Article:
Morphological plasticity of spring and winter wheats in response to changing temperatures
María A. Equiza and Jorge A. Tognetti
Functional Plant Biology
29(12) 1427 - 1436
Published: 19 December 2002
Temperature change induces morpho-physiological responses, whose significance for plant function under this modified environmental condition is mostly unclear. Plastic responses to temperature changes from optimal (25°C) to chilling (5°C) conditions or vice versa, as compared with constant temperature treatments, were studied in spring and winter wheat. Plants grown at 5°C had smaller leaves, less stomata and larger root systems than their counterparts grown at 25°C. Plants at 5°C therefore had larger effective root : shoot ratio, defined as the ratio between total area of roots and stomata. Spring and winter cultivars differed in root growth, leaf growth and stomatal frequency following a shift in temperature. Nevertheless, both cultivar types reached similar effective root : shoot ratios, which were typical for each temperature. We also found changes in leaf thickness, transverse vascular bundle area and xylem : phloem ratios. Shifting temperature triggered rapid changes in leaf and root carbohydrate content and osmotic potential. Our results suggest that temperature-induced plasticity may play a role in ameliorating possible water deficits caused by large soil–air temperature differentials in natural environments.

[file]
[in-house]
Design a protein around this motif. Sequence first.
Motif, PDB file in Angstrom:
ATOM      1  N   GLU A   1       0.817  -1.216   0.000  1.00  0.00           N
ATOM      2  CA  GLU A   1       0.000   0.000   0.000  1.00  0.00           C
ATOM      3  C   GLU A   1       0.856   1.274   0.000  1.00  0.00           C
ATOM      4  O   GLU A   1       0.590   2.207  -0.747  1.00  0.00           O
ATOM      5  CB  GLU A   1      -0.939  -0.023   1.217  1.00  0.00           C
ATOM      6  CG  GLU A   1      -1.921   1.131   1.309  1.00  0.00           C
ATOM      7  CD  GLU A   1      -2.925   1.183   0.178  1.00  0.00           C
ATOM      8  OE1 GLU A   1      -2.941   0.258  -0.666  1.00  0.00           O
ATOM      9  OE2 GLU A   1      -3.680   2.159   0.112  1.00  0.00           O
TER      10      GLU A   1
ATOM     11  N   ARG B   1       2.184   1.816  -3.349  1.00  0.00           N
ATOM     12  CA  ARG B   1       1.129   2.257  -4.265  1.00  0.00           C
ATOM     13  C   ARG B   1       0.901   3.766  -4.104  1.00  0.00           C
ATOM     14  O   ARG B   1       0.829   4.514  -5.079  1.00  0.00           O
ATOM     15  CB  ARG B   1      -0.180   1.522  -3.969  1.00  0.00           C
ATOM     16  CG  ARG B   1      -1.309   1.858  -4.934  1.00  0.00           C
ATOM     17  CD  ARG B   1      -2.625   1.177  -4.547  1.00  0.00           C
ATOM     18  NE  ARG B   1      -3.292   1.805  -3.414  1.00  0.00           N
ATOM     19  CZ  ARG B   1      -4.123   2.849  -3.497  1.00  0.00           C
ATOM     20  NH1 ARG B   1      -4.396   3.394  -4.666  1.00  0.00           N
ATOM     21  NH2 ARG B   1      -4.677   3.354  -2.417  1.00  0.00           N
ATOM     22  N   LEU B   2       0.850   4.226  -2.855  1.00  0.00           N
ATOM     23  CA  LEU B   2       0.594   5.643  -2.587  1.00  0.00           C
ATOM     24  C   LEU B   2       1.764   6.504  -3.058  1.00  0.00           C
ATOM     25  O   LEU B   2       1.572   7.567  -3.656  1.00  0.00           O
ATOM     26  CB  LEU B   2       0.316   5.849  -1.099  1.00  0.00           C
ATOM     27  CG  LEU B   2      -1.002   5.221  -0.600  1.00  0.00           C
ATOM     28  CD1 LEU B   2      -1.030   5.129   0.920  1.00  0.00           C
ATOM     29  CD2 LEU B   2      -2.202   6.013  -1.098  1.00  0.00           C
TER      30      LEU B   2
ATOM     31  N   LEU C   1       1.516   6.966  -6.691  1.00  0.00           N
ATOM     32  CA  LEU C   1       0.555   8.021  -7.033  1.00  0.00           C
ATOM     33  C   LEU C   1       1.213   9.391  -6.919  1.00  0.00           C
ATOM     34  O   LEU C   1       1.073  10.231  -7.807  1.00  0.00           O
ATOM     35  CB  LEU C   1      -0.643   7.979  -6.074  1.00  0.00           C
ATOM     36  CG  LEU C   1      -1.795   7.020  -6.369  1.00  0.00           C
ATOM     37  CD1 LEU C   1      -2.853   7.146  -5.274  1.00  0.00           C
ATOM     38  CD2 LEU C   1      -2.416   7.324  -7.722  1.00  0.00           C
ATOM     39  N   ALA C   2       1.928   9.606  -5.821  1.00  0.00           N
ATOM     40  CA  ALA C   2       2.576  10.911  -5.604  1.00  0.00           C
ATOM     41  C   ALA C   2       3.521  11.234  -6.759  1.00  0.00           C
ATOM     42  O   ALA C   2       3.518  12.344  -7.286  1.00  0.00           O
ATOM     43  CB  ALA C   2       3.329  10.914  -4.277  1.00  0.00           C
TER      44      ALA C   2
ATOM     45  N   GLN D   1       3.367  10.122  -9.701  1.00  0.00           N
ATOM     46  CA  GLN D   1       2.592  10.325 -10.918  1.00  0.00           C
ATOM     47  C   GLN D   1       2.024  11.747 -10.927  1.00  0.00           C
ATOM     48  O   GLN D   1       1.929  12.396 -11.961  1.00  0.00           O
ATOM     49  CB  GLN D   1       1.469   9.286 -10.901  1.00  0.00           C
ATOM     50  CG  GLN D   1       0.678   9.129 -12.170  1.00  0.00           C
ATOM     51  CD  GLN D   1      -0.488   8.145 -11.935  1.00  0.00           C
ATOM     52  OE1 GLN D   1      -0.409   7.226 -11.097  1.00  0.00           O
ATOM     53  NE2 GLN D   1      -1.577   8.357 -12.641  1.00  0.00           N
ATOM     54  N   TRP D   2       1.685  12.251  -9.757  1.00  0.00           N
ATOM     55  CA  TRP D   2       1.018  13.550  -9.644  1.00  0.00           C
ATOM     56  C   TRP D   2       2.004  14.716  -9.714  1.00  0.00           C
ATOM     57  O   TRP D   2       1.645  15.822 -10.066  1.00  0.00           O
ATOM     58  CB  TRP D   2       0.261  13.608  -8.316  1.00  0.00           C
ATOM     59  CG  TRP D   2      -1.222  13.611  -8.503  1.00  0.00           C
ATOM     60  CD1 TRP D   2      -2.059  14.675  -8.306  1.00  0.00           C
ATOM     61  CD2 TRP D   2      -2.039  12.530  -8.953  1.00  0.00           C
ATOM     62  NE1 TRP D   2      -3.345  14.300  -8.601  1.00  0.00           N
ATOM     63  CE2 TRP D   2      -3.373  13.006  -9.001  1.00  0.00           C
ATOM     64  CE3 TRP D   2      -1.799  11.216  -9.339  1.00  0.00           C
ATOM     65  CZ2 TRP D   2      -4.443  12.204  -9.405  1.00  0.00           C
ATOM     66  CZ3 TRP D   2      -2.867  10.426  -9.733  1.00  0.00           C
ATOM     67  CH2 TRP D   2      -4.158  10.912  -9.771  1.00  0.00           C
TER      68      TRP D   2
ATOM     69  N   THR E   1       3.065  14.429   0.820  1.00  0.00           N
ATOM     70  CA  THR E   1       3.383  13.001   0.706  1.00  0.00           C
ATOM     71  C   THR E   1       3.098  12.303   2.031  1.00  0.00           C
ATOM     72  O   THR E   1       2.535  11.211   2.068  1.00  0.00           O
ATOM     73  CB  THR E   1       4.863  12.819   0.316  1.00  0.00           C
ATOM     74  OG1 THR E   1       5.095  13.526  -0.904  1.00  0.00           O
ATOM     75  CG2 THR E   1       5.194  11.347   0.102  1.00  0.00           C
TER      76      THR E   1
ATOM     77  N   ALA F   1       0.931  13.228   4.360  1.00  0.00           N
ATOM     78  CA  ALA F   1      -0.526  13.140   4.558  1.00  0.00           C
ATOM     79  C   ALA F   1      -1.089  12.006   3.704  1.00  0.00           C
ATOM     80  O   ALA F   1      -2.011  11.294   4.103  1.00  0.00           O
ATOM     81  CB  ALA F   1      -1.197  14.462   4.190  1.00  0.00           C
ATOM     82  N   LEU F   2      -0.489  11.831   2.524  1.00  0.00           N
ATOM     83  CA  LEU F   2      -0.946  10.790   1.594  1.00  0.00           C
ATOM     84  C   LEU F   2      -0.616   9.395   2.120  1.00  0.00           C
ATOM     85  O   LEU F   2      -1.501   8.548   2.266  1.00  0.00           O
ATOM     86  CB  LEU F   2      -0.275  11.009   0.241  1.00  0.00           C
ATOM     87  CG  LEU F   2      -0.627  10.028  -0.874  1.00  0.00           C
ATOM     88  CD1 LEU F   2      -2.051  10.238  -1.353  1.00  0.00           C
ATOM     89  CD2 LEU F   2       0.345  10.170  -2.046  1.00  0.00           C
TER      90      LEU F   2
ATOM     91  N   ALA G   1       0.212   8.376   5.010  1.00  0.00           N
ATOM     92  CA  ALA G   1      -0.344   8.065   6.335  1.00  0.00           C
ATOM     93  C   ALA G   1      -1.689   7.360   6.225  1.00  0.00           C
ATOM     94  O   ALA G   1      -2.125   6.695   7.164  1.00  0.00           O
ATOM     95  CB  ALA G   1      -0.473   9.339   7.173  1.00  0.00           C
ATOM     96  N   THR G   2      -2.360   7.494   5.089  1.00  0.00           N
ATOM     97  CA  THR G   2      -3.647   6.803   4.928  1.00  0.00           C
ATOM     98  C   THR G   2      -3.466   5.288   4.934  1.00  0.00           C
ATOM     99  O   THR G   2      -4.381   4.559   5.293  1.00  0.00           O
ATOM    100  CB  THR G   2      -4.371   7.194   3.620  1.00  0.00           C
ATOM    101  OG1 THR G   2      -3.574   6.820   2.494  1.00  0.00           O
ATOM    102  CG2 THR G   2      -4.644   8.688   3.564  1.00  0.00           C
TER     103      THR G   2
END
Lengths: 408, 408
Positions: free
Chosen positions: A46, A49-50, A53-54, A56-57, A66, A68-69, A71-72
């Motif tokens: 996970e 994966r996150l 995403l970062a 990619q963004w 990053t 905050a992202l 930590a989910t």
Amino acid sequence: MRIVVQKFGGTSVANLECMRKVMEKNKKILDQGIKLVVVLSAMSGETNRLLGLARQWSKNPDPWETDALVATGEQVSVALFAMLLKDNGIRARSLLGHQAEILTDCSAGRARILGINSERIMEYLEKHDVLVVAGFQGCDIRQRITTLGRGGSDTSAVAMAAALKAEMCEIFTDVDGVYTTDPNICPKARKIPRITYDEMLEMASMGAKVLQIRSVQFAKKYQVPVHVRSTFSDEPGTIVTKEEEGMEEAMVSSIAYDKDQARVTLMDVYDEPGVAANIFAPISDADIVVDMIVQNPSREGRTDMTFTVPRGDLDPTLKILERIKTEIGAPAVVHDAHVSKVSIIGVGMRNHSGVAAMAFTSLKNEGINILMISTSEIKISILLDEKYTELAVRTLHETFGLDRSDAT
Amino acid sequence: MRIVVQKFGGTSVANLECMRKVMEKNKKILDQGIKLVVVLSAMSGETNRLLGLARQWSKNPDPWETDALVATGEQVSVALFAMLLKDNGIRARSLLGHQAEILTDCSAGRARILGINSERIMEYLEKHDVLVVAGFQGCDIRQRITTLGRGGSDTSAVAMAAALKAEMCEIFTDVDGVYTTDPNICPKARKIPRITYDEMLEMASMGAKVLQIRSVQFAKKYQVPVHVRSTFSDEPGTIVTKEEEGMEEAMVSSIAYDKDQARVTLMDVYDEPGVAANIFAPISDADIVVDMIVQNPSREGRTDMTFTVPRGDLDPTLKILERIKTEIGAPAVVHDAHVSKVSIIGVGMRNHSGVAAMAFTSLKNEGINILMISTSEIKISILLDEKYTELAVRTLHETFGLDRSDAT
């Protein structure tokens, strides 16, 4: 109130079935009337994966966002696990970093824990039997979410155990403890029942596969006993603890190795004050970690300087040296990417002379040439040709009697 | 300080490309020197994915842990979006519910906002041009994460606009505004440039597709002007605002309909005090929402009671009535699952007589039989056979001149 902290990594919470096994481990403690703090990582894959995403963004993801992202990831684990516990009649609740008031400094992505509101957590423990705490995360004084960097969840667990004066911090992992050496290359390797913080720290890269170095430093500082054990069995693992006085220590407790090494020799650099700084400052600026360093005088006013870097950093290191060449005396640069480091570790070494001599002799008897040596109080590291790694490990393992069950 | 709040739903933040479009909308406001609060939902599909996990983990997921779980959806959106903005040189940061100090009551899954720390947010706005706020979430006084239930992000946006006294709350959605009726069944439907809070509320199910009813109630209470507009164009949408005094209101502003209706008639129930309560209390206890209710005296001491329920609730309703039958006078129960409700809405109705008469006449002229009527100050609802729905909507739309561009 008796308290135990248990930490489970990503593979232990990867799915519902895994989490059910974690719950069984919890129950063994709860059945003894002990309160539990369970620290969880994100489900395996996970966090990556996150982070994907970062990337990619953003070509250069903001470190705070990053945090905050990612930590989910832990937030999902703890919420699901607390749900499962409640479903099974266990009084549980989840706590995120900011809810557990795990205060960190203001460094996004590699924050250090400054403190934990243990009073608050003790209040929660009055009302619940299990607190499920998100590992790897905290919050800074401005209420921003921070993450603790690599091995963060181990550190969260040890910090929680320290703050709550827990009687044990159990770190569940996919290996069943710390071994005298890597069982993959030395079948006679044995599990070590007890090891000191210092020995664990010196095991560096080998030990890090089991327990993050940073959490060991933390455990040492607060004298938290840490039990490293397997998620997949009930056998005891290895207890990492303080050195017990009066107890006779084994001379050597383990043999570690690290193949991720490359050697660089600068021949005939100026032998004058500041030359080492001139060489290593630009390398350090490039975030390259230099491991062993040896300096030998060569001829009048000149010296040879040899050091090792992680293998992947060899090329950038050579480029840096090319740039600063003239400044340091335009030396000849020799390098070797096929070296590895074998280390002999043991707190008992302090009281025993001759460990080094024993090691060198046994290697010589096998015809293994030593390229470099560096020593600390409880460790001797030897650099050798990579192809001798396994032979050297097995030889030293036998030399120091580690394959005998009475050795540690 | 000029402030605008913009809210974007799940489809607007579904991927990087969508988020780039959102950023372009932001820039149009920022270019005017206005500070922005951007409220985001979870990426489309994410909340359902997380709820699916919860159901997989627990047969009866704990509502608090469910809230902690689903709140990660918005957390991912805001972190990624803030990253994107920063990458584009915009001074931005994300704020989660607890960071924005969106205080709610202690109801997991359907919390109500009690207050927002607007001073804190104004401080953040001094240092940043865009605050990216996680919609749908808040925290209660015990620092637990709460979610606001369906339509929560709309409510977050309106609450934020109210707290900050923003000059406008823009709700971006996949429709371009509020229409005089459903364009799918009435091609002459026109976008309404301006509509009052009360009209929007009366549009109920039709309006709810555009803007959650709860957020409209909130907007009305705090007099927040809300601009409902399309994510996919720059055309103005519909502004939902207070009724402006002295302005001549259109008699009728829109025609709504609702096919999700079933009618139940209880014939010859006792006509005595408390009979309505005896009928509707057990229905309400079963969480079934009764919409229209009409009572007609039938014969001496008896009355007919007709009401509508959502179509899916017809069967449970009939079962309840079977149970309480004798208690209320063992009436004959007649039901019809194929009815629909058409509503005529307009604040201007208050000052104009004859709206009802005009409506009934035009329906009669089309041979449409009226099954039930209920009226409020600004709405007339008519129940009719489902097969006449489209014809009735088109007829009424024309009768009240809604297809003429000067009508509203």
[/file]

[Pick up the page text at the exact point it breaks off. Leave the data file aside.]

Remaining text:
Full text doi:10.1071/FP02066
© CSIRO 2002